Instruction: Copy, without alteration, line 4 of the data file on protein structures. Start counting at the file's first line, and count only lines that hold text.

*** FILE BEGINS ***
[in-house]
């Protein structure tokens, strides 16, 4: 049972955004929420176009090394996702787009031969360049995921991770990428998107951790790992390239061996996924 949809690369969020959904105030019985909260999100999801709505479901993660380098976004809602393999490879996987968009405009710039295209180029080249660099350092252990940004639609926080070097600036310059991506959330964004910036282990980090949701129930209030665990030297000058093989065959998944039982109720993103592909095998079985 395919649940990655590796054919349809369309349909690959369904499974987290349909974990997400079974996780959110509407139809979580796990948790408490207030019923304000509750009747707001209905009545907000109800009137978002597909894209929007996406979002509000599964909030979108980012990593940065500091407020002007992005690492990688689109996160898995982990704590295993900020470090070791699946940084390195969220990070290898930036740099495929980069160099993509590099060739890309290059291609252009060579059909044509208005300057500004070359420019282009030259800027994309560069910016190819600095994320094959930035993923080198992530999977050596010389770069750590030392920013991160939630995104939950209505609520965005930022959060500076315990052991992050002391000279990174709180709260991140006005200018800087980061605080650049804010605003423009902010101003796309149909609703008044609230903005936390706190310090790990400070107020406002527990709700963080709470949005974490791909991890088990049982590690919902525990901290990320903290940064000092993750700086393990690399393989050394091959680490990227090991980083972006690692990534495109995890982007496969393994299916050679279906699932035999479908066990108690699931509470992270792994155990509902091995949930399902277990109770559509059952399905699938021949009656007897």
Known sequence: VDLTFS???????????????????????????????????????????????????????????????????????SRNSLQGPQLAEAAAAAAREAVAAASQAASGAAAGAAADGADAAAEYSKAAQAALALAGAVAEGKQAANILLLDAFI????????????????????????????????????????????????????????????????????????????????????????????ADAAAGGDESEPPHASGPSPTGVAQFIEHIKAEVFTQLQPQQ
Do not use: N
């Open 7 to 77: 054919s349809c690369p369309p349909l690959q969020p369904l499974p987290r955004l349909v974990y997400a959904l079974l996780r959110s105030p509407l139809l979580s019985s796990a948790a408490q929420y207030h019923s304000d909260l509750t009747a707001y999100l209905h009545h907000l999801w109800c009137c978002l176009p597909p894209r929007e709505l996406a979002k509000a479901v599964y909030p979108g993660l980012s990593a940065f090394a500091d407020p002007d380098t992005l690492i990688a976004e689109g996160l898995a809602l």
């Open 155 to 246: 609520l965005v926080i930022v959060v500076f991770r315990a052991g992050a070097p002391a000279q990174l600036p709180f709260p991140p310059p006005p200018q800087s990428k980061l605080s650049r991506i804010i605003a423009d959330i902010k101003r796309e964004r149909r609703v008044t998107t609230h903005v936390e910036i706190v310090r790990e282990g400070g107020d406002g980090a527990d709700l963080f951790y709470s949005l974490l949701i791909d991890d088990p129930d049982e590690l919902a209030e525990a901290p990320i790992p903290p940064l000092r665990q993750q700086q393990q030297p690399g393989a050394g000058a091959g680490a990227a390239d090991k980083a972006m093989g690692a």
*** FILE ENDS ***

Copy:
Do not use: N